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VOL. 37 | NO. 43 | Friday, October 25, 2013

Tennessee sets January execution date

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NASHVILLE (AP) - Tennessee is set to have its first execution in nearly five years in January and the first using a new single-drug method that's also being used by other states.

State Department of Correction spokeswoman Dorinda Carter told The Associated Press on Thursday that 55-year-old Billy R. Irick is scheduled to be executed on Jan. 15.

The order for the execution was filed Tuesday, according to the state Supreme Court clerk's office.

Irick has been on death row since 1986 for the rape and murder of a 7-year-old girl. The last inmate executed by lethal injection in the state was Cecil Johnson, on Dec. 2, 2009. There are currently 79 inmates on death row, including one woman.

Last year, the state Supreme Court decided not to hear an appeal by Irick and another death row inmate claiming that changes to the state's lethal injection procedure at the time were unconstitutional.

Their attorneys argued that the state's th ree-drug protocol didn't contain sufficient safeguards to ensure that condemned inmates don't suffocate while fully conscious, which could violate the constitutional ban on cruel and unusual punishment.

The previous year a Nashville judge upheld the three-drug procedure after the state Correction Department added a new step for the warden to check that the inmate is unconscious after the first drug is injected.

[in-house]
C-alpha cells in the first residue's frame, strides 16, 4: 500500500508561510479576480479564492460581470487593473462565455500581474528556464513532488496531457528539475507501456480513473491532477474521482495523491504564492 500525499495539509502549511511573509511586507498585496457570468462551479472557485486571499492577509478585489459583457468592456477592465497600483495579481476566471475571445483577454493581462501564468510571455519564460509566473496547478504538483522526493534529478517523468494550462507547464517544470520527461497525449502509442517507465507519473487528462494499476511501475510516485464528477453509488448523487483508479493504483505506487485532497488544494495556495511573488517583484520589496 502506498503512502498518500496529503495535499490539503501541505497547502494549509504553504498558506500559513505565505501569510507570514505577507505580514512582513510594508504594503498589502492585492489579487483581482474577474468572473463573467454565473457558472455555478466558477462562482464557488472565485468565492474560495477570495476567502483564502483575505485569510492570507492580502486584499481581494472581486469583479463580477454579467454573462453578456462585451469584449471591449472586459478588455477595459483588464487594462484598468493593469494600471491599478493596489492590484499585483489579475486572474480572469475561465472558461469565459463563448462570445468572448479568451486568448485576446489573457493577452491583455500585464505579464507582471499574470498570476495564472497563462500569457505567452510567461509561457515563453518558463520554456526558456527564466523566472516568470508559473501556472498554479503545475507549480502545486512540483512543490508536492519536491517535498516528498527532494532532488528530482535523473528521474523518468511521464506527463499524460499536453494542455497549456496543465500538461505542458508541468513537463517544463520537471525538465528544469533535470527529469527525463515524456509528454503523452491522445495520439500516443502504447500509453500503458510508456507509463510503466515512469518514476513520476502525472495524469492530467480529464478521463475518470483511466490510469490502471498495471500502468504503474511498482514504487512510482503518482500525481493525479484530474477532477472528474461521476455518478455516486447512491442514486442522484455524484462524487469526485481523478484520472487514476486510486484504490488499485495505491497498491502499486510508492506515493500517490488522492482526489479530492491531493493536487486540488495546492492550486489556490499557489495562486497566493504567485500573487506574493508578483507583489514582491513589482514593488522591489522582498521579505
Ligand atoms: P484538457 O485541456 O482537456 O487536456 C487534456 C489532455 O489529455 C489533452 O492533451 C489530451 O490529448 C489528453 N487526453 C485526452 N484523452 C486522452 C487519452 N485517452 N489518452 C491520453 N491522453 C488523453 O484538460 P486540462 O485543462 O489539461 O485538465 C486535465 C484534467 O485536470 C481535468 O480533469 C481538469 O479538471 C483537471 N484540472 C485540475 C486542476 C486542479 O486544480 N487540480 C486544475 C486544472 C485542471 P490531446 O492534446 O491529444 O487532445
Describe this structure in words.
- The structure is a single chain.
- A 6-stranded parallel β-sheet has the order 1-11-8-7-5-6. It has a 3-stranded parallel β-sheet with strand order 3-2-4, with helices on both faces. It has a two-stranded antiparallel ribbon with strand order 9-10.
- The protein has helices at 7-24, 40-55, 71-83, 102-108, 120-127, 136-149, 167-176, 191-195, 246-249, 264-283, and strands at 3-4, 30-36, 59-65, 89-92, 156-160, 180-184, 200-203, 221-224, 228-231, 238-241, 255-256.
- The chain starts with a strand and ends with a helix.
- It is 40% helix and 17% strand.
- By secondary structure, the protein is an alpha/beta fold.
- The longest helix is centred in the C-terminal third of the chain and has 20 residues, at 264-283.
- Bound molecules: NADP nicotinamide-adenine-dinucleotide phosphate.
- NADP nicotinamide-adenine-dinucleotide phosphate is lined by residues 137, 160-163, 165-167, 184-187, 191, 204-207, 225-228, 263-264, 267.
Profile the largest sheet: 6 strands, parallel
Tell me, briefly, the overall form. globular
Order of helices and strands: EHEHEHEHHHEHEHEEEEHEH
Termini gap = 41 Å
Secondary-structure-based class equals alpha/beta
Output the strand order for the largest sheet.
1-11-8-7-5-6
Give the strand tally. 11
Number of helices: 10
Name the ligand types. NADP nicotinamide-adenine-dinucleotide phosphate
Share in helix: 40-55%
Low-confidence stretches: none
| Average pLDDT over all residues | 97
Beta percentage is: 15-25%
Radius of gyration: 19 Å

However, the state announced last month that it's switching from the three-drug method to using only the sedative pentobarbital to put an inmate to death.

Carl E. Shiles, Irick's attorney, said Thursday that he's reviewing the new protocol.

Tennessee's supply of sodium thiopental, one of three drugs used in lethal injections, was turned over to the federal government in 2011 over questions about how it was imported. The short supply of sodium thiopental in the U.S. has led many states with the death penalty to seek out other drugs.

Arizona , Idaho and Ohio already have carried out executions using pentobarbital, a barbiturate that is most commonly used to euthanize animals and treat seizures. Missouri announced earlier this week that it will use the single drug for executions.

States have been scrambling to find execution drug alternatives in recent years because manufacturers don't want their products used in executions.

Denmark-based Lundbeck Inc., which was once the only maker of pentobarbital in the U.S., sold its rights to the drug to another manufacturer and said it never intended its product to be used in executions. The company said a distribution system meant to keep the drug out of the hands of prisons will remain in place.

Missouri is adding a compounding pharmacy to its execution team, which will be responsible for providing pentobarbital for executions.

Carter didn't say whether Tennessee will do something similar, but she said right now the state is ready if the execution g oes forward in January.

"We're confident we'll be able to secure the drug at the necessary time," she said.